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X-Ray Microtomography
Photography
Blood Vessels
Autografts
Sciatic Nerve
Transplants
Silicone Elastomers
Nerve Regeneration
Aorta
Intercellular Signaling Peptides and Proteins

ASJC Scopus subject areas

  • Surgery

Cite this

@article{e3d67eeeda77411283072b92bf1d67c4,
title = "New methods for objective angiogenesis evaluation of rat nerves using microcomputed tomography scanning and conventional photography",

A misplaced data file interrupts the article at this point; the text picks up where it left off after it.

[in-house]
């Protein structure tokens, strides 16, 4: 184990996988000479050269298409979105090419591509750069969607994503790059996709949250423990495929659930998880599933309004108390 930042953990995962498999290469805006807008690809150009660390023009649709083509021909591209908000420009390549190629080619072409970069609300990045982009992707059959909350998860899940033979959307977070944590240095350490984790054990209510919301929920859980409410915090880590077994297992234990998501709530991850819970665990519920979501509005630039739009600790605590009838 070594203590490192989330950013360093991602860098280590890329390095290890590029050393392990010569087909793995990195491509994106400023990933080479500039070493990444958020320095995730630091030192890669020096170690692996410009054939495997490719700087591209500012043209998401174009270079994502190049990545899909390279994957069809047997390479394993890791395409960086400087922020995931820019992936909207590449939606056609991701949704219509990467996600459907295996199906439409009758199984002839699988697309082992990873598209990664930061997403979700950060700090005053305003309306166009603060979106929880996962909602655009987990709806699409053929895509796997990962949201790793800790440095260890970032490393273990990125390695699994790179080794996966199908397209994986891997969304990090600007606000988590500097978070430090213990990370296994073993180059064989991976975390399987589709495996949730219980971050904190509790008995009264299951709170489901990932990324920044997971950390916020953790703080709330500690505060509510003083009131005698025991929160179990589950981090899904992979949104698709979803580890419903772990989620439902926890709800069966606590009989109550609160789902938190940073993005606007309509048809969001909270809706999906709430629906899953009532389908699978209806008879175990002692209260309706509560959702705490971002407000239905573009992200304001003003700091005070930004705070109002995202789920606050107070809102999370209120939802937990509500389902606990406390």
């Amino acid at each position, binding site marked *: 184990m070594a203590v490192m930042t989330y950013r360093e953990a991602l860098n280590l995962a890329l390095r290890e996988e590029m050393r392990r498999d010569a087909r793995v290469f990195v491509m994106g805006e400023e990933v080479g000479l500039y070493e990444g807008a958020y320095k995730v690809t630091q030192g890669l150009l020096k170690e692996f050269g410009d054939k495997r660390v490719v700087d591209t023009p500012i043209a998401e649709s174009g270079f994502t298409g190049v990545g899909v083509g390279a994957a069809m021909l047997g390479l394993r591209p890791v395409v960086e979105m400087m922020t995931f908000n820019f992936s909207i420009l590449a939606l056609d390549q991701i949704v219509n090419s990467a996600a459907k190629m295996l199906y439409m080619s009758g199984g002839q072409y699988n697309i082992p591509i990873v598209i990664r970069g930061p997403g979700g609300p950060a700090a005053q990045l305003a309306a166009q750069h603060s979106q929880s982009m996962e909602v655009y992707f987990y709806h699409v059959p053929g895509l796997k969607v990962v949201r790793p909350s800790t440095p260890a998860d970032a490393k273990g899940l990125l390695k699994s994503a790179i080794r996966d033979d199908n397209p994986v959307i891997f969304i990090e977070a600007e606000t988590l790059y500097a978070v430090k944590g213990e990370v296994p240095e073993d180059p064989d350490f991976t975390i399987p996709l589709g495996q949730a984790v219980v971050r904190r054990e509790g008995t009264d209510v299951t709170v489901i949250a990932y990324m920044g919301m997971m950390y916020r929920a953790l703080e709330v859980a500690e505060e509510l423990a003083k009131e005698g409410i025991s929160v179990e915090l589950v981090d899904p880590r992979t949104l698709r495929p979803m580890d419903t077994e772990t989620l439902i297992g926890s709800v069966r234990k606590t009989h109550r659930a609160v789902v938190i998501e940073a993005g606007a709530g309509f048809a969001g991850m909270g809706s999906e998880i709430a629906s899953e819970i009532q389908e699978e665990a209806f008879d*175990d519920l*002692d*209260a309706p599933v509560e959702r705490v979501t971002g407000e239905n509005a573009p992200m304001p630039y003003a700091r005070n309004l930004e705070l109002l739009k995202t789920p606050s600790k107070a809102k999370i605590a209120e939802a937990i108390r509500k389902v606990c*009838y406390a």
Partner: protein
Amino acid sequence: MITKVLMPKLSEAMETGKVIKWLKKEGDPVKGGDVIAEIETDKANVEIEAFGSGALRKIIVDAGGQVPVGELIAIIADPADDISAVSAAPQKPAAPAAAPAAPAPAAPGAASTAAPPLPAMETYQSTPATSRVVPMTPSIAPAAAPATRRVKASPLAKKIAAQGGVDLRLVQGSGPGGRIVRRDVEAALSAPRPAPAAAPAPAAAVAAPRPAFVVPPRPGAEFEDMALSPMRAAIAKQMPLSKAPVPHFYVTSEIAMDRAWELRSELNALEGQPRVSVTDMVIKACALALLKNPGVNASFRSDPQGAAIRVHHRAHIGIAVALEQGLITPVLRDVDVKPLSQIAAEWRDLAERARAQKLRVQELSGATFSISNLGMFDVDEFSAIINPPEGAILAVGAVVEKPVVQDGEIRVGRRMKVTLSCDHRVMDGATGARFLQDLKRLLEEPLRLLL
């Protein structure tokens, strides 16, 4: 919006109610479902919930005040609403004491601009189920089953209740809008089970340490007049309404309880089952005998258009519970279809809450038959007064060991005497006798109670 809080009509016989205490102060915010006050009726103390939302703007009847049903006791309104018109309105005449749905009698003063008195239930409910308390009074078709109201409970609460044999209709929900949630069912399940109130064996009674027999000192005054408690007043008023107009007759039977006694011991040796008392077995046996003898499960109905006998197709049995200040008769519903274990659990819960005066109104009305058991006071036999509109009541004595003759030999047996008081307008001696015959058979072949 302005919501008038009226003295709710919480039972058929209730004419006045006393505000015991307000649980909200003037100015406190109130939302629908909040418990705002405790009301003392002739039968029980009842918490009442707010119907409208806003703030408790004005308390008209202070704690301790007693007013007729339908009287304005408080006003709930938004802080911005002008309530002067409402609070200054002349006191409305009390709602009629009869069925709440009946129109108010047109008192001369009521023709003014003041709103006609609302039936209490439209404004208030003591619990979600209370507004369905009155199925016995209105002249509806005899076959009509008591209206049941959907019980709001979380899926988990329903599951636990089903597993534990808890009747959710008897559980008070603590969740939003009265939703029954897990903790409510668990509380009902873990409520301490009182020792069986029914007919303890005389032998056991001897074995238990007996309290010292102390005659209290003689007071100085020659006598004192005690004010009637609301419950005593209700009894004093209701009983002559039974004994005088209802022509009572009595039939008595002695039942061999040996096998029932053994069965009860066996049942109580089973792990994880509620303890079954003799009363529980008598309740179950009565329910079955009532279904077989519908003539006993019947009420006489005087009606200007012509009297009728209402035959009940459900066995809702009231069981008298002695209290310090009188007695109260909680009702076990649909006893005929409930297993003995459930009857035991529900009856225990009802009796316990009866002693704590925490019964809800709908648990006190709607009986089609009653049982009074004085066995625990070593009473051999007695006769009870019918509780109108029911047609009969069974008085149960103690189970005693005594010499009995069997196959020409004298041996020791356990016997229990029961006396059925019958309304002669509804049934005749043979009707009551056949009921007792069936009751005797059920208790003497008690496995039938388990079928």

abstract = "Introduction: Nerve regeneration involves multiple processes, which enhance blood supply that can be promoted by growth factors. Currently, tools are lacking to visualize the vascularization patterns in transplanted nerves in vivo. The purpose of this study was to describe three-dimensional visualization of the vascular system in the rat sciatic nerve and to quantify angiogenesis of nerve reconstruction. Materials and Methods: In 12 Lewis rats (weighing 250–300 g), 10 mm sciatic nerve gaps were repaired with ipsilateral reversed autologous nerve grafts. At 12 and 16 weeks of sacrifice, Microfil{\circledR} contrast compound was injected in the aorta. Nerve autografts (N = 12) and contralateral untreated nerves (N = 12) were harvested and cleared while preserving the vasculature. The amount of vascularization was measured by quantifying the vascular surface area using conventional photography (two-dimensional) and the vascular volume was calculated with microcomputed tomography (three-dimensional). For each measurement, a vessel/nerve area ratio was calculated and expressed in percentages (vessel{\%}). Results: The vascular volume measured 3.53 ± 0.43{\%} in autografts and 4.83 ± 0.45{\%} vessels in controls at 12 weeks and 4.95 ± 0.44{\%} and 6.19 ± 0.29{\%} vessels at 16 weeks, respectively. The vascular surface area measured 25.04 ± 2.77{\%} in autografts and 26.87 ± 2.13{\%} vessels in controls at 12 weeks, and 28.11 ± 3.47{\%} and 33.71 ± 2.60{\%} vessels at 16 weeks, respectively. The correlation between both methods was statistically significant (p =.049). Conclusions: Both methods are considered to successfully reflect the degree of vascularization. Application of this technique could be used to visualize and objectively quantify angiogenesis of the transplanted nerve graft. Moreover, this simple method is easily reproducible and could be extrapolated to any other desired target organ ex vivo in small animals to investigate the vascular network.",